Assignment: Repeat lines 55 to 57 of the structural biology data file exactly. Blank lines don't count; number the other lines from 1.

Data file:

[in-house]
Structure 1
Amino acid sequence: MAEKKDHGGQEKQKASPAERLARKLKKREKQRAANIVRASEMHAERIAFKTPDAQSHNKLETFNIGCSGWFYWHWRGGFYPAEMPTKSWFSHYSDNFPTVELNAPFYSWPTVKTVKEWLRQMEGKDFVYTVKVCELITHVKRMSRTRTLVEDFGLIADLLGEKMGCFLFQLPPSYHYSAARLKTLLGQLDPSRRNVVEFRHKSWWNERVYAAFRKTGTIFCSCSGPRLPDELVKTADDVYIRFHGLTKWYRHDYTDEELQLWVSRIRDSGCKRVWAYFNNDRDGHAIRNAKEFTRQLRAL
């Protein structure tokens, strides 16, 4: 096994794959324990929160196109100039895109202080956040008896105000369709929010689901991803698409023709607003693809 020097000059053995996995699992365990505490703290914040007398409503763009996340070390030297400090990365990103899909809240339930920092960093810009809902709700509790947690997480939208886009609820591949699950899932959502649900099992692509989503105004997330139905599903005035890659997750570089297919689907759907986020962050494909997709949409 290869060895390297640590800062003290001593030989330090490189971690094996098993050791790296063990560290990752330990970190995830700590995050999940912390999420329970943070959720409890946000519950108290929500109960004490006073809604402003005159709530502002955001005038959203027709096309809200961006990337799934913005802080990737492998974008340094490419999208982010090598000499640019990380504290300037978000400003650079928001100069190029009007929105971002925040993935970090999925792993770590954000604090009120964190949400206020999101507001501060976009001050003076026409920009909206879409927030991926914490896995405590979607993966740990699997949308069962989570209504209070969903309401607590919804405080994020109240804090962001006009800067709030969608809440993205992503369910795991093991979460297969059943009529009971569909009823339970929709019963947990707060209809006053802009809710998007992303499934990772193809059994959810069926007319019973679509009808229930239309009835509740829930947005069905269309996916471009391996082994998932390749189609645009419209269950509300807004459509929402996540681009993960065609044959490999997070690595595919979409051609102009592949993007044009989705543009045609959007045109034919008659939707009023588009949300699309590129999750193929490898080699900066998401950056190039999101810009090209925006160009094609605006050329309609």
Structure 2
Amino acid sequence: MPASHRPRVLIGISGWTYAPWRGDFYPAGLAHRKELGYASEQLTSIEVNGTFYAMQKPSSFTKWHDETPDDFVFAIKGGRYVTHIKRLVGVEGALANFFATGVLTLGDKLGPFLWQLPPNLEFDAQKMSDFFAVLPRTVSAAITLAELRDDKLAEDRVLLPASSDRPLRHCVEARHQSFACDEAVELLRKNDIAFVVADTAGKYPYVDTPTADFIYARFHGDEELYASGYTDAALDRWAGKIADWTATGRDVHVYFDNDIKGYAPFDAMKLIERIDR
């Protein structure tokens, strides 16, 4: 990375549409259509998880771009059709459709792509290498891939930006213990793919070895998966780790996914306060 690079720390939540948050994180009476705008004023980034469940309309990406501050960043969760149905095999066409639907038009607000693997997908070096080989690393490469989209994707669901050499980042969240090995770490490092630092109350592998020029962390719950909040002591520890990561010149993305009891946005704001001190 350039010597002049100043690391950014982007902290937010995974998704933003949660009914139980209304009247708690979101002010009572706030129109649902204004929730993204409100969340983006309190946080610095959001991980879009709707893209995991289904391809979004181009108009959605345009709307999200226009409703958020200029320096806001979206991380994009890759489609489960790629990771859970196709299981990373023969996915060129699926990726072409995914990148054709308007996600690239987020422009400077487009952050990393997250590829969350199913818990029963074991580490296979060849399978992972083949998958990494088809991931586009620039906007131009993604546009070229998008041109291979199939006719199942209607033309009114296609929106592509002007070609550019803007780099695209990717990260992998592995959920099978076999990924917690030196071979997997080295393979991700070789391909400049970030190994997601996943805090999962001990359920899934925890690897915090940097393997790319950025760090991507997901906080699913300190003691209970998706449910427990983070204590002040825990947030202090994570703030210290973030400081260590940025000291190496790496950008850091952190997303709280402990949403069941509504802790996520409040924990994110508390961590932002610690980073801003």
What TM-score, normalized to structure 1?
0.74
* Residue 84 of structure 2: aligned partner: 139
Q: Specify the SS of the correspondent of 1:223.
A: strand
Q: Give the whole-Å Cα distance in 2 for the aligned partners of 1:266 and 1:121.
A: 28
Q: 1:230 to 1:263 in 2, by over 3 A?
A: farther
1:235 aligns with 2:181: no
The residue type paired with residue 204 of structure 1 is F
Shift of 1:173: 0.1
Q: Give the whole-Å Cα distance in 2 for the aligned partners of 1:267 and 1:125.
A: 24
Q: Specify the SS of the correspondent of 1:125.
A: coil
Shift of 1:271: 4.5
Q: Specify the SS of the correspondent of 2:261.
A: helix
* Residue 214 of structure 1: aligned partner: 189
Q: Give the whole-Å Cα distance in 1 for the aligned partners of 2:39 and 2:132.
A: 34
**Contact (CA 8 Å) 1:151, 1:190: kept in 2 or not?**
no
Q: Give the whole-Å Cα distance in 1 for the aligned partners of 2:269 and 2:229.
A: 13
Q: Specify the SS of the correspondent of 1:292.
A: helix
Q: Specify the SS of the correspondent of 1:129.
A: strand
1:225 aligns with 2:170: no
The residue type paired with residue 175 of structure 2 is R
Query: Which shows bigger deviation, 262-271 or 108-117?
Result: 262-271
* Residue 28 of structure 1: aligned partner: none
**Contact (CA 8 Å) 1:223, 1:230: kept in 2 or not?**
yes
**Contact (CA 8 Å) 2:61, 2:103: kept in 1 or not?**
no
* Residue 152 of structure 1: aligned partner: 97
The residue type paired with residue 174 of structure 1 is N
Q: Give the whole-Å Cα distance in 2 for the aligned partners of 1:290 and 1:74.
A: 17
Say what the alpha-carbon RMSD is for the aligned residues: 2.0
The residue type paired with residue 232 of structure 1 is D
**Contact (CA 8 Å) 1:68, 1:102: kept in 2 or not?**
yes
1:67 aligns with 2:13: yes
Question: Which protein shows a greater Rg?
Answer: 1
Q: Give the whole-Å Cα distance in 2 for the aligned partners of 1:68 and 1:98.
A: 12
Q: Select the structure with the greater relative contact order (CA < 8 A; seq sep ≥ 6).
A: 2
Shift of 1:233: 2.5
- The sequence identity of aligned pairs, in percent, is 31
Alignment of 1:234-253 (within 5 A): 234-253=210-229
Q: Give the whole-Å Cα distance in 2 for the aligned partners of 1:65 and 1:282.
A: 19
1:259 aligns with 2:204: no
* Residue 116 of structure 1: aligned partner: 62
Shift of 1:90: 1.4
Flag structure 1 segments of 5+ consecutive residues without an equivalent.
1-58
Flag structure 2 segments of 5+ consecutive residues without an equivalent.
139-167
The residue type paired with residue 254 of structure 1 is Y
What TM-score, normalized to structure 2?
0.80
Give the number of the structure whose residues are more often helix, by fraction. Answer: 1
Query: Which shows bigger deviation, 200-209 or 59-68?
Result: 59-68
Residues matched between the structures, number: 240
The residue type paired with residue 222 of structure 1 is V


1:67 aligns with 2:13: yes
Question: Which protein shows a greater Rg?
Answer: 1